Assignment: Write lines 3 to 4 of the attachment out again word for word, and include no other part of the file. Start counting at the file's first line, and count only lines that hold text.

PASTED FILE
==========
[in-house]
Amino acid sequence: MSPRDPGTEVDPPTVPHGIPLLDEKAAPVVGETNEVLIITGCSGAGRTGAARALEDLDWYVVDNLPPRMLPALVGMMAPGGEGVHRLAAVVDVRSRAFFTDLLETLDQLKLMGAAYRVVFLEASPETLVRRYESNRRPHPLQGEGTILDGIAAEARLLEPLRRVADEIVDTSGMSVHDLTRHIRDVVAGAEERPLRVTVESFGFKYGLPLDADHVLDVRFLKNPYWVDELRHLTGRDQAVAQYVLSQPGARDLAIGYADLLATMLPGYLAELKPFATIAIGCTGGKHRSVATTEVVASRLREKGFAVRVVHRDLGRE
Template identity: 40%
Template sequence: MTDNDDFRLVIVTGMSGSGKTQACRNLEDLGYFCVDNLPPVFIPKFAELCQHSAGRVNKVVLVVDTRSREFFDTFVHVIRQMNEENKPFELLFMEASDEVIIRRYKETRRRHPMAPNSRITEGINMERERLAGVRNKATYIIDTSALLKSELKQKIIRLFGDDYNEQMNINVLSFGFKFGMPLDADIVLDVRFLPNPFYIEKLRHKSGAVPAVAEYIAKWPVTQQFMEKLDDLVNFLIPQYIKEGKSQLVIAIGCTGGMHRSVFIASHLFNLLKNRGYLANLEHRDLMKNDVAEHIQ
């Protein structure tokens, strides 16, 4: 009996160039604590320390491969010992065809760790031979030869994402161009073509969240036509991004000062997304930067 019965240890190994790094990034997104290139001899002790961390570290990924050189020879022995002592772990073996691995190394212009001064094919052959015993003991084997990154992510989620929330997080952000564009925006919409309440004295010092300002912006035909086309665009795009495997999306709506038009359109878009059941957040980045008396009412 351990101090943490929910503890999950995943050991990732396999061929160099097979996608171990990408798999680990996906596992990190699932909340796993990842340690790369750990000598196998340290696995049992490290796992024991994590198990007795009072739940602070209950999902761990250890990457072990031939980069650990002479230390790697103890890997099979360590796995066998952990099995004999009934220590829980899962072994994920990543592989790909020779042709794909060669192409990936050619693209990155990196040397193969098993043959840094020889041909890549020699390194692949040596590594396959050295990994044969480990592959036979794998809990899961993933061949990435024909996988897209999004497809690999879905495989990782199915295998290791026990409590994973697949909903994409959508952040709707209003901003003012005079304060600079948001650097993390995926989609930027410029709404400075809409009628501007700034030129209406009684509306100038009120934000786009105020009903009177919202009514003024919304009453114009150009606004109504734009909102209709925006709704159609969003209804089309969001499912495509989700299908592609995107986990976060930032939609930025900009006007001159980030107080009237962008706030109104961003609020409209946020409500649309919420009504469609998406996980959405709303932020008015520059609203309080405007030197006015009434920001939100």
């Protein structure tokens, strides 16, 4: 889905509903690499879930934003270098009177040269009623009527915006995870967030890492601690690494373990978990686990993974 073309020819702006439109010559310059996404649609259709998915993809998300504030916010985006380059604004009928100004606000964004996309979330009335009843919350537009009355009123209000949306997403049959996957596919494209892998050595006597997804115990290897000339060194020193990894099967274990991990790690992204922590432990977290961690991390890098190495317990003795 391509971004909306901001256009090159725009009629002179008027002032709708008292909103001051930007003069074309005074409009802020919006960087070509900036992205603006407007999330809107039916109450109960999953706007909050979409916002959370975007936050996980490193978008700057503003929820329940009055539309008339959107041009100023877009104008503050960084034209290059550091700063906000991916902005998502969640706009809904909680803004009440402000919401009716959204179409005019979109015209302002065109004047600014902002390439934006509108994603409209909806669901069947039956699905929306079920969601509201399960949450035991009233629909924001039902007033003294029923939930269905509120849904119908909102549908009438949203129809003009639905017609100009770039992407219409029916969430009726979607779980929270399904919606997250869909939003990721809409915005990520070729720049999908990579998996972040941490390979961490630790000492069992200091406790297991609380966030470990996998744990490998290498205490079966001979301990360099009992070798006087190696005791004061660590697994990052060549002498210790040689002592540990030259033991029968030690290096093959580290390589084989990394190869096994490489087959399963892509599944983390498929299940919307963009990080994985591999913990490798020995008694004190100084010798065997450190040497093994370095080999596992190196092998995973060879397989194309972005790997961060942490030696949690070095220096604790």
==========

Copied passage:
Template identity: 40%
Template sequence: MTDNDDFRLVIVTGMSGSGKTQACRNLEDLGYFCVDNLPPVFIPKFAELCQHSAGRVNKVVLVVDTRSREFFDTFVHVIRQMNEENKPFELLFMEASDEVIIRRYKETRRRHPMAPNSRITEGINMERERLAGVRNKATYIIDTSALLKSELKQKIIRLFGDDYNEQMNINVLSFGFKFGMPLDADIVLDVRFLPNPFYIEKLRHKSGAVPAVAEYIAKWPVTQQFMEKLDDLVNFLIPQYIKEGKSQLVIAIGCTGGMHRSVFIASHLFNLLKNRGYLANLEHRDLMKNDVAEHIQ